Alternatively, some states have chosen to retain the local franchise system, while imposing a new tax on all multichannel video providers. To help equalize the payments of satellite and cable providers, the state allows a cable provider to credit a portion of the franchise fees it pays against the state tax. This is the system in Utah, where the state imposes a 6.25 percent sales tax on all multichannel video services, but allows cable providers to credit 50 percent of its franchise fees against the tax. These different approaches to taxing multichannel video services reflect the fiscal and political realities of individual states and their local governments and have withstood constitutional challenges in both state and federal court. (See DirecTV, inc, et al. v. Treesh, No. 3:05-CV-00024 (2007), and DirecTV, inc, et al. v. Treesh, No. 05-CI-01623 (2007) ; and DirecTV, Inc. v. Tolson, No. 07-1250 (4th Cir., Jan. 10, 2008)).

H.R. 3697 would disrupt state efforts to streamline and modernize their tax systems by imposing yet another restriction on the authority of states to develop and manage their own systems of taxation. H.R. 3697 would prohibit a state from imposing a discriminatory tax on any provider multichannel video service regardless of the technology used to provide the service. The bill defines a discriminatory tax as, “any form of direct or indirect tax that results in different net State charges being imposed on substantially equivalent multichannel video programming services.” The terms “net State charge” and “substantially equivalent” are not defined. It is unclear how the net charge would be calculated or what type of taxes and charges it would include. This uncertainty would generate increased litigation, discourage state efforts to create tax parity, and together with the existing federal prohibition on local taxation of satellite services, further entrench established tax disparities between multichannel video providers.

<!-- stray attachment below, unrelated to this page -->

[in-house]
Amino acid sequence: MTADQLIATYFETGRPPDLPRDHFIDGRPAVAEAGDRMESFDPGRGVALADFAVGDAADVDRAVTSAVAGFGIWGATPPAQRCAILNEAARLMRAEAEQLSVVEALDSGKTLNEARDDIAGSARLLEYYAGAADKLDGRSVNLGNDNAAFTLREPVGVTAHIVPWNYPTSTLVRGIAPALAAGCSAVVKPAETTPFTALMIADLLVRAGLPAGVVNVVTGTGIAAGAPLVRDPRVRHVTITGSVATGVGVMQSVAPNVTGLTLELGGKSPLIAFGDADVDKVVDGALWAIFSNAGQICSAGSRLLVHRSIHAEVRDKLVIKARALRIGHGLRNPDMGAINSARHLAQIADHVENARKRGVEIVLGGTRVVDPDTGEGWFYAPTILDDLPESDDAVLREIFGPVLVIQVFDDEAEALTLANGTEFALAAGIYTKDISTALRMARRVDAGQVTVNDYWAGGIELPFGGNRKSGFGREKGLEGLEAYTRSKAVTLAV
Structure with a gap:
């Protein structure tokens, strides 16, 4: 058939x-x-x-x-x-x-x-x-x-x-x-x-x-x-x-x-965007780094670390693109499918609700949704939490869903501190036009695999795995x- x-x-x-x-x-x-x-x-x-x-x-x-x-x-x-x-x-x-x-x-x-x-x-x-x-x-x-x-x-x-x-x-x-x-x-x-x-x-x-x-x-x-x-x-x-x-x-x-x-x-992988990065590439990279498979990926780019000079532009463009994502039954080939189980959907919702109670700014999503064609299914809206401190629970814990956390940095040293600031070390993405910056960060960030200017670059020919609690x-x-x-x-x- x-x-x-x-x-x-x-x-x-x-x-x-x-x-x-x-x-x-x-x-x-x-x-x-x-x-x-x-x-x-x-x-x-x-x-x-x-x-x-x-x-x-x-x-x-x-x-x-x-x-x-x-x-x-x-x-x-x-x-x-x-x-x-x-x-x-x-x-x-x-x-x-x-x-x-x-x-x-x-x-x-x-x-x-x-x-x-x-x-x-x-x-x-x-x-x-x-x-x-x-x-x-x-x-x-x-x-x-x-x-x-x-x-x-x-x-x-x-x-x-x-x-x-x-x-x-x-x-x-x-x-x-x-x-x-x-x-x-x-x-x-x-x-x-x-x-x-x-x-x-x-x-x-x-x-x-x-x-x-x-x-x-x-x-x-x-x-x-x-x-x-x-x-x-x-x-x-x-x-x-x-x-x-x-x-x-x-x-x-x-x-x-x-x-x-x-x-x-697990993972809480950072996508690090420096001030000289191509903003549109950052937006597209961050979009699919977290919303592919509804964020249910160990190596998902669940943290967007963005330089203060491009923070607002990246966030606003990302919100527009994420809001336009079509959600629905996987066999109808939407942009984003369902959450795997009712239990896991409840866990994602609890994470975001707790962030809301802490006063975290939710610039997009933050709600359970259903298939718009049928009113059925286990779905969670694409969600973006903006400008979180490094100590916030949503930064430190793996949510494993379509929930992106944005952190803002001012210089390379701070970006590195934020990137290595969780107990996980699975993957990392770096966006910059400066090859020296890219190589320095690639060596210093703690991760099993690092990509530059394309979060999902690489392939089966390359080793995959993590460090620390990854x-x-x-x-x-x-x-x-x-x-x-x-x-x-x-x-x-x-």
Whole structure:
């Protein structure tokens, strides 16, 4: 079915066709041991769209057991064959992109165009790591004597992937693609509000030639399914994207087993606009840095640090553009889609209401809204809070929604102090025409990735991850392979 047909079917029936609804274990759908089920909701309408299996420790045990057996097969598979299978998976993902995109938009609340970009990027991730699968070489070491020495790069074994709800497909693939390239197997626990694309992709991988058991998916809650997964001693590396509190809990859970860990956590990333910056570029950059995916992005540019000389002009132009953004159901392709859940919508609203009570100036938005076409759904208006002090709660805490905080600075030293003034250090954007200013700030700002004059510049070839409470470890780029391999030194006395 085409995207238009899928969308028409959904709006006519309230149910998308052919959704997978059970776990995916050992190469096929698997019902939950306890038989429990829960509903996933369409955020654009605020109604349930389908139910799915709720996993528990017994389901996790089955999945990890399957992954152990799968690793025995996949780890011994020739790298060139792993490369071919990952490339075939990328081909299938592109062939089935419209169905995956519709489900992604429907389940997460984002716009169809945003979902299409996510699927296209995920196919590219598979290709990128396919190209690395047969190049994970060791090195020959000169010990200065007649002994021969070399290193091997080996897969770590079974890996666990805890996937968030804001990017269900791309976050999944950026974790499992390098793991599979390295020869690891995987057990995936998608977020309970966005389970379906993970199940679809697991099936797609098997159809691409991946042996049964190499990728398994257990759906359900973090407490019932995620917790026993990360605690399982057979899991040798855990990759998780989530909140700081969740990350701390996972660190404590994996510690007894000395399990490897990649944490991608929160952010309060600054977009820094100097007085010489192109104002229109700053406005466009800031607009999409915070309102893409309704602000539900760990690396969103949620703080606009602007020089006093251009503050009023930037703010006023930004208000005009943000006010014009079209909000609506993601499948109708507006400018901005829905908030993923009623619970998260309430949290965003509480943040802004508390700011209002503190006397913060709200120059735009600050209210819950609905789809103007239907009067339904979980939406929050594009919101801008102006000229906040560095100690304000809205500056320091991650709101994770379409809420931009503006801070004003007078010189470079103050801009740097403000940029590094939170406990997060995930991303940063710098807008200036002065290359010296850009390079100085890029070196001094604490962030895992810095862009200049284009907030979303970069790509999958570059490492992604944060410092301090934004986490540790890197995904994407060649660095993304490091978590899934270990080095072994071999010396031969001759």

Governors remain steadfast in their insistence that decisions regarding state and local taxation should remain with state and local officials. The independent and sovereign authority of states to develop their own revenue systems is a basic tenet of self government and our federal system. Governors also support and promote competition and encourage the development of tax and regulatory frameworks that are technology neutral, level the playing field for all competitors and provide necessary revenues to promote the public interest and support government services. Governors oppose H.R. 3697 because it unnecessarily interferes with state and local efforts to craft reasonable and constitutional tax systems that reflect market realities and serve the interests of state and local governments and consumers.